“As an engineer, I am used to measur[ing] and to control[ling] risks. I like to predict. But to understand how I change allowed me to project myself differently at work, even as a project manager.”

“To be aware of the complexity of change makes me more competent as a project manager.”

“Before, I thought my team was not competent enough to lead. Since I have discovered change management, I learned how project depends on people. Now, I delegate and I involve all my team members in the whole process of the project…”

Regarding those findings, we believe project managers find through these reflexive activities new means to develop professionally, similar to self-coaching (Weick,1983). It is difficult to know if such actions will continue in the long run, but this study shows that learning was transposed.

On Change Management Versus Project Management

To better understand our results, we decided to present them in a holistic view. Table 1 represents a classification of our main results and interpretations on striking learning acquired and transposed by project managers; it allows a better identification of how change management binds itself to project management, from the point of view of the actors, as was the main purpose of this research.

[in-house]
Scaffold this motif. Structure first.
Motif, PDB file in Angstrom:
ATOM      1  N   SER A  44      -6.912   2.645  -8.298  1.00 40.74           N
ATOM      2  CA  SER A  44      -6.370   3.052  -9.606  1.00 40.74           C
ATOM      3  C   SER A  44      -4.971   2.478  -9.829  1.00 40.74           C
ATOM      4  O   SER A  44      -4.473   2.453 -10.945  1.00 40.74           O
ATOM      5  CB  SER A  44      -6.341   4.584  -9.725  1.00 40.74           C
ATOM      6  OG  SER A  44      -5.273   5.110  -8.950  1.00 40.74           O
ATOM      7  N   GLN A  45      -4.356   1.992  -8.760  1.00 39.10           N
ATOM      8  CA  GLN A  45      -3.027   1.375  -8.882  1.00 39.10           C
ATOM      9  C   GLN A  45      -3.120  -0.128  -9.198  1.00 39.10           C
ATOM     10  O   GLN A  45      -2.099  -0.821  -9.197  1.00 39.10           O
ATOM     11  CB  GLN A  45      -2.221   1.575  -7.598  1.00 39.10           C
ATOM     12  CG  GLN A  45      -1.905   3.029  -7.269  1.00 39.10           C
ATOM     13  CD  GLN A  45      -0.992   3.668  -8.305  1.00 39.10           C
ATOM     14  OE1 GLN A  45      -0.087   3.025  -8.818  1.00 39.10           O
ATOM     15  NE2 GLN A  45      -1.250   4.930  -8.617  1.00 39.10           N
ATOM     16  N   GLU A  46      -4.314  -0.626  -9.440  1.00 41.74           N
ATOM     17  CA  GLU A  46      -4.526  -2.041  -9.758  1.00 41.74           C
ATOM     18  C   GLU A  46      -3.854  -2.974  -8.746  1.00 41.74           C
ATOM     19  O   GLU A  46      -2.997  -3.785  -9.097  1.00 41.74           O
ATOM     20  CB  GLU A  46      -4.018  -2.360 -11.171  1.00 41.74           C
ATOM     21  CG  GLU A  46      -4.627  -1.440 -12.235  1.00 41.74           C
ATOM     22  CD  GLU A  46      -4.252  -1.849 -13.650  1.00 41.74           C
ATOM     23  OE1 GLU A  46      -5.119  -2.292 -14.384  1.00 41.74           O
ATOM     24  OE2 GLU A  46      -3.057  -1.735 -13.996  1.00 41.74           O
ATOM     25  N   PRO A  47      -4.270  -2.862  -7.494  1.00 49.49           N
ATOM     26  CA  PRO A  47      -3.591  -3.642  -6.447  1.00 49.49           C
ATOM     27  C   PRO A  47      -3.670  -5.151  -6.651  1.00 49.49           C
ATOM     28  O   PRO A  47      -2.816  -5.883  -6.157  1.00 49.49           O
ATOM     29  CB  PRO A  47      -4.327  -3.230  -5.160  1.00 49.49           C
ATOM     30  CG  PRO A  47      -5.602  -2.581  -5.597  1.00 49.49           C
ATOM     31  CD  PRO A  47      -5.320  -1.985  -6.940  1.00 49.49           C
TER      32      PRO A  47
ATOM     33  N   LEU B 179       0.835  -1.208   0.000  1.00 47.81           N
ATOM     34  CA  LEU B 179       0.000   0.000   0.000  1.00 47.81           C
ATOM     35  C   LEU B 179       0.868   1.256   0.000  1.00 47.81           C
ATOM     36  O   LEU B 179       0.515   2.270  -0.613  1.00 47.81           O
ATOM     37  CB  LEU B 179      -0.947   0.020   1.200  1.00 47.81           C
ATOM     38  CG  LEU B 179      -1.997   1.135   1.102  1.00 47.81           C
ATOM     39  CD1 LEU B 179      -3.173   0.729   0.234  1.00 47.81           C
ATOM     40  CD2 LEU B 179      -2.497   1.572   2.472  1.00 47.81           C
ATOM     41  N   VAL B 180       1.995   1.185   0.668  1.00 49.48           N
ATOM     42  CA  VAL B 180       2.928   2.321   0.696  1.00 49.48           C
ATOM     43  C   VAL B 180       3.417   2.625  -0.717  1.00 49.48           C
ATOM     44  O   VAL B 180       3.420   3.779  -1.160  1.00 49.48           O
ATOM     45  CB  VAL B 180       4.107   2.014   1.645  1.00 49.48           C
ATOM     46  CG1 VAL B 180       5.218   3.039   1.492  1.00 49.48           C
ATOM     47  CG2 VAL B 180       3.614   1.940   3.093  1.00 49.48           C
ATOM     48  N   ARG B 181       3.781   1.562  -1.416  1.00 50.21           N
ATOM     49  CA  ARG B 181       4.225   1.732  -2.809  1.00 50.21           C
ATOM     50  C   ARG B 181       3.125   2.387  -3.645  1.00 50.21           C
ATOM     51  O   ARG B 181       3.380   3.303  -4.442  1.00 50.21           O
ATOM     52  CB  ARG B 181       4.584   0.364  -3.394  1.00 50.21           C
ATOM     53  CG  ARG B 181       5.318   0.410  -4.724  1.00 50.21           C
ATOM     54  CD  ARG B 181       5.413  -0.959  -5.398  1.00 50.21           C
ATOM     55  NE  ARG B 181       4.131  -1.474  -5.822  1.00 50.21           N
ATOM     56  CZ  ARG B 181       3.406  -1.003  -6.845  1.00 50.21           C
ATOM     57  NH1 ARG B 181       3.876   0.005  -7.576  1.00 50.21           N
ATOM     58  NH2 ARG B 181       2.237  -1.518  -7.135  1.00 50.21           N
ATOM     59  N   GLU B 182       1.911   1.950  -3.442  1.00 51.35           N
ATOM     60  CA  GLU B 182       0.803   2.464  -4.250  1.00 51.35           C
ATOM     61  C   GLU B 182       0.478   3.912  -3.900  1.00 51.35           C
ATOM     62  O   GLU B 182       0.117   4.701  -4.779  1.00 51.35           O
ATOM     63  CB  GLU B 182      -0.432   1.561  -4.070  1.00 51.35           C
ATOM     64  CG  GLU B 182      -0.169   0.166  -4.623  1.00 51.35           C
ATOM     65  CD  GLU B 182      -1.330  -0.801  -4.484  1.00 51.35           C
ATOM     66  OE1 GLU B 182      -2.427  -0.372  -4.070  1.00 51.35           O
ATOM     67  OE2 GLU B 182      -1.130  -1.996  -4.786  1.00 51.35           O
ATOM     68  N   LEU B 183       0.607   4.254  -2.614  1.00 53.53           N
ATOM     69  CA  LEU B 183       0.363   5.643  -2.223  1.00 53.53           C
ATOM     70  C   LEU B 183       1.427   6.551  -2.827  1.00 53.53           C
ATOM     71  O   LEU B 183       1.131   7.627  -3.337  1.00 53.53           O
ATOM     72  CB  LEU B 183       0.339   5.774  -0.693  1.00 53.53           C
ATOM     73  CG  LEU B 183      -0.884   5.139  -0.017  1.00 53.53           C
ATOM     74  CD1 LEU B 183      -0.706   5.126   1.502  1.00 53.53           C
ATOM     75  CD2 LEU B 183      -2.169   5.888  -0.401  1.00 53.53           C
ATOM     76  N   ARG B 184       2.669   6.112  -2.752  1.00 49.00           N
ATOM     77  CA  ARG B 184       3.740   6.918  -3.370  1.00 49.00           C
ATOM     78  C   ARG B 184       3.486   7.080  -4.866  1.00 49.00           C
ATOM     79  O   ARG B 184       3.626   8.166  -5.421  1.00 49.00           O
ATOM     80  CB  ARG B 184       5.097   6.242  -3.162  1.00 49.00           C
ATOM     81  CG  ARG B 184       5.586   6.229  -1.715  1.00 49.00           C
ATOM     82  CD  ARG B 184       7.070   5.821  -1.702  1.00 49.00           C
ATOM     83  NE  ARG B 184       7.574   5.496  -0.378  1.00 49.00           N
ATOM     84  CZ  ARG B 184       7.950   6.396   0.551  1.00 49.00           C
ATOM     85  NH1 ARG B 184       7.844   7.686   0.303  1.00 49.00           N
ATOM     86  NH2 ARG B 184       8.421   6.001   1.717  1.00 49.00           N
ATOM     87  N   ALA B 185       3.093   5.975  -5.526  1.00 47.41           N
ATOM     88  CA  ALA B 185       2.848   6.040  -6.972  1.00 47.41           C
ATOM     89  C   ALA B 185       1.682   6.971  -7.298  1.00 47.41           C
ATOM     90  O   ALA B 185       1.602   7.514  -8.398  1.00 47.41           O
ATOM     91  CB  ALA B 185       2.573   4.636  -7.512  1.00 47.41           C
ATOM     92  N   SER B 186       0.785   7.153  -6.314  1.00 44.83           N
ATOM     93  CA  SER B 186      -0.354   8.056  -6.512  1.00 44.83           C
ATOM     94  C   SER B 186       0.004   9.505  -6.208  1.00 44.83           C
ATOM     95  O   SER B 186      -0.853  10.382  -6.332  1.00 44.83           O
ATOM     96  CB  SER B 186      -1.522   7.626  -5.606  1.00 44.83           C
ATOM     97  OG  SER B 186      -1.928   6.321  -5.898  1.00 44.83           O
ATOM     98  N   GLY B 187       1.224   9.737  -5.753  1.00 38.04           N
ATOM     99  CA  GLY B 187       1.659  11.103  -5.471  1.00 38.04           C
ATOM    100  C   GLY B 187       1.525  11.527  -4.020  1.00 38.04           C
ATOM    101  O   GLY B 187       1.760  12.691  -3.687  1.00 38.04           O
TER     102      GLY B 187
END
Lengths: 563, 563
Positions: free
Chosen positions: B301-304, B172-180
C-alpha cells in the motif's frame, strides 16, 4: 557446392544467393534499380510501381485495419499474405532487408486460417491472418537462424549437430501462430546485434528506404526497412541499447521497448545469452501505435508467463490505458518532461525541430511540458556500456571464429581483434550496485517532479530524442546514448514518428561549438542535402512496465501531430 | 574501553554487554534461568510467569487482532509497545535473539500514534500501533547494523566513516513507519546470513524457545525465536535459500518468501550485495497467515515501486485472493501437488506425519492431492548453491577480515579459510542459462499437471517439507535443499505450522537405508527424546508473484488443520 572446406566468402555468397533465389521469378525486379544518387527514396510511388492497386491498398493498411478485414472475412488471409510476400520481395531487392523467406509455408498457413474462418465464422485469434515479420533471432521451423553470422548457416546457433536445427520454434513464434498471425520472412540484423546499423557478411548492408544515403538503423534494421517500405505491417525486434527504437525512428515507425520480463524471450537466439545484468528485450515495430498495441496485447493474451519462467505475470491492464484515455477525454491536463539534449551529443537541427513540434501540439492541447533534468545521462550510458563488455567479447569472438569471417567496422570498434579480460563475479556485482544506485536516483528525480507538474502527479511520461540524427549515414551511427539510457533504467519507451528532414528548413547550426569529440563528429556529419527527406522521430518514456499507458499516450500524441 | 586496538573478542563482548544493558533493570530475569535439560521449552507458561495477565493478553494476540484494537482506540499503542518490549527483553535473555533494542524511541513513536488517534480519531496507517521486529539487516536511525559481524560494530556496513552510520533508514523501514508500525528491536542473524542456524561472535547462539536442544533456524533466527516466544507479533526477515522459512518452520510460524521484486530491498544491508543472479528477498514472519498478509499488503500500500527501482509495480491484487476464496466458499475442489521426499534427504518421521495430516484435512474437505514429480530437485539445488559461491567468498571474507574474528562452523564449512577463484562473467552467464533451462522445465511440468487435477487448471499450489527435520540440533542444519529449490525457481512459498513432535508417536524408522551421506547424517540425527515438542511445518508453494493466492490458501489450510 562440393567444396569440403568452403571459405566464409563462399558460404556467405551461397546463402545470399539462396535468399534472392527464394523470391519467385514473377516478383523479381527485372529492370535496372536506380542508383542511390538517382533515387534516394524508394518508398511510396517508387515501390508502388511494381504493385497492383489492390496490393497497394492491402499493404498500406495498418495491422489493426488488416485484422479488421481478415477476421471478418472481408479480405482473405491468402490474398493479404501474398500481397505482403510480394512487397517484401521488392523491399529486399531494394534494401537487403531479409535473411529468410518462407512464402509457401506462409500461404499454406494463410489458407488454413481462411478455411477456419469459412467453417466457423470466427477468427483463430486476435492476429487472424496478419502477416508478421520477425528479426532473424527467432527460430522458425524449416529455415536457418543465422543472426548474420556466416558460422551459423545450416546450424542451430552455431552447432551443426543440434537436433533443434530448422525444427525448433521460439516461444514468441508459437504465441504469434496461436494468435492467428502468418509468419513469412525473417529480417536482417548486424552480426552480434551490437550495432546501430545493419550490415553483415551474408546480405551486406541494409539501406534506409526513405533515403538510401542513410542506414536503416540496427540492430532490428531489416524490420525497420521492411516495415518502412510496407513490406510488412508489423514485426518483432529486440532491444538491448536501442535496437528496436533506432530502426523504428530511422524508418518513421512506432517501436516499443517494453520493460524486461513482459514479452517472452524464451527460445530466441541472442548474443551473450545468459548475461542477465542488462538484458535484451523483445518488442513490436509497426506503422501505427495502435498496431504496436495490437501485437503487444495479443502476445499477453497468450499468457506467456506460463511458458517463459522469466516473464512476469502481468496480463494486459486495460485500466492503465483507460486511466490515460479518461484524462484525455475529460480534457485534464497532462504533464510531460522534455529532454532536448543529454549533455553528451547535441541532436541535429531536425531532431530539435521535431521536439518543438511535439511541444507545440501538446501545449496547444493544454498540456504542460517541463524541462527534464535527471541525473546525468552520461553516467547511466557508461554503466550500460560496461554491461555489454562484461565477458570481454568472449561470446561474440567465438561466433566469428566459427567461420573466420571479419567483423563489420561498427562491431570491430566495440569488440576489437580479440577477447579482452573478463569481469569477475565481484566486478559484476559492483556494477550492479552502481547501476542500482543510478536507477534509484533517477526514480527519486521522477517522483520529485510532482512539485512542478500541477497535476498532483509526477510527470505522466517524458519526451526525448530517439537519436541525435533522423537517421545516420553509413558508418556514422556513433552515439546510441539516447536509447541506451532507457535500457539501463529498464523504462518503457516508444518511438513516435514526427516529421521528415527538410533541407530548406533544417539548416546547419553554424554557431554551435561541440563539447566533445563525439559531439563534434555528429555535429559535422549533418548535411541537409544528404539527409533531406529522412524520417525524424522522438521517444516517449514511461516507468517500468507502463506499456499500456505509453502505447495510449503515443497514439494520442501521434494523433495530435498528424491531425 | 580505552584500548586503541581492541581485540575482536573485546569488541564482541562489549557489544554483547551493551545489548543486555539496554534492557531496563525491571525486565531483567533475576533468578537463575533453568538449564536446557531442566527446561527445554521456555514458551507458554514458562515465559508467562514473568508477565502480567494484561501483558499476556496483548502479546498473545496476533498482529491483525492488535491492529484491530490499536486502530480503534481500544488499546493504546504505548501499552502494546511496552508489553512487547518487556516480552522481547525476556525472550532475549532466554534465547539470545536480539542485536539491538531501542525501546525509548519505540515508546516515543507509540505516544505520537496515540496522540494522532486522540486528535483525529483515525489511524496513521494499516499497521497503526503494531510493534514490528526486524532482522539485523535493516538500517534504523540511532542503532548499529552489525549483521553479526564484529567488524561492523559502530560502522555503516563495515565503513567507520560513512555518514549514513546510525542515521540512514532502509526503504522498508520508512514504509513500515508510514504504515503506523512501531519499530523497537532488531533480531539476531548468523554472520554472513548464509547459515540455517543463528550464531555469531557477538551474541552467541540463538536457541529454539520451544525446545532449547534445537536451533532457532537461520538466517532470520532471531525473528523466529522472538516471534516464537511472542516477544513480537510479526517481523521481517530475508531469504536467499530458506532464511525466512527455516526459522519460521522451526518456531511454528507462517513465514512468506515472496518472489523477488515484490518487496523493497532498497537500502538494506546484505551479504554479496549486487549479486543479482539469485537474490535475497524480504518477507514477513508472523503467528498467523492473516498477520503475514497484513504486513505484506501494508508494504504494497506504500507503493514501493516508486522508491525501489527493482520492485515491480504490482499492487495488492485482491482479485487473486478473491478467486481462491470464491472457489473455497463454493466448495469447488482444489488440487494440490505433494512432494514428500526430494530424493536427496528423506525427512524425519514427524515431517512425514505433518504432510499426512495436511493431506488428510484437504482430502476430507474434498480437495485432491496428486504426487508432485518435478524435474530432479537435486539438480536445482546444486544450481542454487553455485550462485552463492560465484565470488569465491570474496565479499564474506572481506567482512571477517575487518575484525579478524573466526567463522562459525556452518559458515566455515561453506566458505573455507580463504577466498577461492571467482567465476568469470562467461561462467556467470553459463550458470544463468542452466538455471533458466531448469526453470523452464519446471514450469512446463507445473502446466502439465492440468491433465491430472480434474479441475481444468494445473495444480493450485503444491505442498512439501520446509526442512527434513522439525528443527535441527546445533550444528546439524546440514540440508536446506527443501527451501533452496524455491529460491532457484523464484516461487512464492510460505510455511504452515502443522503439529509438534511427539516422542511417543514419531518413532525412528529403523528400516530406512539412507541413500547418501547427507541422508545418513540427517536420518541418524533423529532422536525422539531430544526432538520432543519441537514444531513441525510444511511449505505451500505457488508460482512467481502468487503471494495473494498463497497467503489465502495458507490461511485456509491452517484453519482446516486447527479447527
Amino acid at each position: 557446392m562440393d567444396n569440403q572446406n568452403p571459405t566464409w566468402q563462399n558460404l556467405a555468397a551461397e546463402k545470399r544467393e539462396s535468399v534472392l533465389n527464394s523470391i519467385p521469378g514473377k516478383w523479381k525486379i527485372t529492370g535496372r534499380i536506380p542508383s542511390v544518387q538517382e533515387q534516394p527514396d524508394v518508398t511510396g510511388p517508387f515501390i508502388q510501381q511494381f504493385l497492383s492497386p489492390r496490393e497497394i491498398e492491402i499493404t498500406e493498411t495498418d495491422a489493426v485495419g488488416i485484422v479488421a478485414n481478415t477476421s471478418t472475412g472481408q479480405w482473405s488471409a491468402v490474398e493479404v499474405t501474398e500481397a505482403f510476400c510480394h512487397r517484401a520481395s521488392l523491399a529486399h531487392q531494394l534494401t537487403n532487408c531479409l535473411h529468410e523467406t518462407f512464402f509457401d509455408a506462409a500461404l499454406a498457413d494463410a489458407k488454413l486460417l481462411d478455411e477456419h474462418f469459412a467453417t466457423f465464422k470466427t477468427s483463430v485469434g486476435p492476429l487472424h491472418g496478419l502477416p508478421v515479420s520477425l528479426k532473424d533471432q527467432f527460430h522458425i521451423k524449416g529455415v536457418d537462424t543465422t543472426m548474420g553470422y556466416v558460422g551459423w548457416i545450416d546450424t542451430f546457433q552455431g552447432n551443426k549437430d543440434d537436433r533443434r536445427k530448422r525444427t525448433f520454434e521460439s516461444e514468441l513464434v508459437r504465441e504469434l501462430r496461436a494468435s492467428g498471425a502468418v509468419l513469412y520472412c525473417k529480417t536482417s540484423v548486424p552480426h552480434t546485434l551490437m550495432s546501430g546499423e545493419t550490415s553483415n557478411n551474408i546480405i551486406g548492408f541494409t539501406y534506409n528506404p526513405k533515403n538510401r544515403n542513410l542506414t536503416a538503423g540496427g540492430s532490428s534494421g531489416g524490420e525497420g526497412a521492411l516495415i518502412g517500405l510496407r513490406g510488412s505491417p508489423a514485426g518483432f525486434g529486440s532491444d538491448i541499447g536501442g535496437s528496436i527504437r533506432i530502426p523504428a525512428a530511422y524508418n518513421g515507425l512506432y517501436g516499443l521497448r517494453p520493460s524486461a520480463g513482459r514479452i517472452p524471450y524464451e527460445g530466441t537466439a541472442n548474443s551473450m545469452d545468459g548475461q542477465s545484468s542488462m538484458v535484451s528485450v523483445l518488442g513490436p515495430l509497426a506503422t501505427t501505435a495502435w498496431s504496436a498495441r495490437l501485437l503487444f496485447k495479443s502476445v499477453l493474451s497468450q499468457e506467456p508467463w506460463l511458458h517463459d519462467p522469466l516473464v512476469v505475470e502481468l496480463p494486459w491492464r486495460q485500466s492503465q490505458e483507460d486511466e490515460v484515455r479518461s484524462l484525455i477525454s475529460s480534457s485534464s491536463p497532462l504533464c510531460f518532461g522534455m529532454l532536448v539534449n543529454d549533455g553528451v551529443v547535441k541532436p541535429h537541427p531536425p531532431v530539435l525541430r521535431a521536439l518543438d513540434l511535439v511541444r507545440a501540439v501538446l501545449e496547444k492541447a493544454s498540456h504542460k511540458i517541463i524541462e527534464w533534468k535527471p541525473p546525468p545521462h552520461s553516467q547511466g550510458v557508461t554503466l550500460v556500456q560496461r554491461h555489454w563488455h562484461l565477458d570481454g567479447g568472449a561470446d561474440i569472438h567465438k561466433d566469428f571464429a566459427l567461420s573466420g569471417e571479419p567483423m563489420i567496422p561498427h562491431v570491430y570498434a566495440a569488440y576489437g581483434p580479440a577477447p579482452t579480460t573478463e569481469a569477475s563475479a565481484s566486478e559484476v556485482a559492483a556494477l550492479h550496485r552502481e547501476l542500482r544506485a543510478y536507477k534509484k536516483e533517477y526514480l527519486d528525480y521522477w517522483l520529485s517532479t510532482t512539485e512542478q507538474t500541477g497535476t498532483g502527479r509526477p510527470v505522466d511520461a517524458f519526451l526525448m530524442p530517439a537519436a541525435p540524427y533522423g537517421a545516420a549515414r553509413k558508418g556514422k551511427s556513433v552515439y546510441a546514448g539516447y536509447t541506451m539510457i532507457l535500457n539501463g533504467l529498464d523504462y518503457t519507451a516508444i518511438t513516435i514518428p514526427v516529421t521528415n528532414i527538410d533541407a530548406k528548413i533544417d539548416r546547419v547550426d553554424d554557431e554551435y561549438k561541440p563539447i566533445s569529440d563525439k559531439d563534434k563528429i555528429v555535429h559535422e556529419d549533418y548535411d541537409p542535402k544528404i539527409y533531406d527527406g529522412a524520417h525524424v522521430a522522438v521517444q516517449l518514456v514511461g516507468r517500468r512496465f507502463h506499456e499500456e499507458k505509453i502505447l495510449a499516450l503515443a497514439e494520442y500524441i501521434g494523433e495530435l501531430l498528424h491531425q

From an analytical point of view, by comparing the distinction between the old knowledge learned by project management and the newly acquired and transposed knowledge learned by change management, Table 1 indicates that the difference between the new and the old knowledge concerns numerous elements of learning. From a global point of view, this table underscores that the former knowledge learned by project management is little congruent with the current approaches in strategy and management. This old knowledge is hardly able to describe an organization as a socio-political system (Rouleau & Séguin, 2000) or as a learning entity (Kim, 1993;); such knowledge does not consider management as a complex activity (Minzberg, 2000) and does not view strategic management as a collective action (Koenig, 1996; Hatchuel, 2005). Nevertheless, these conceptualizations have been established for decades in management sciences, as the works of Simon and March (1958), Minzberg (1974) and Smircich and Stubbart (1985) give evidence. The implications for researchers, practitioners, and teachers of such a statement is presented further.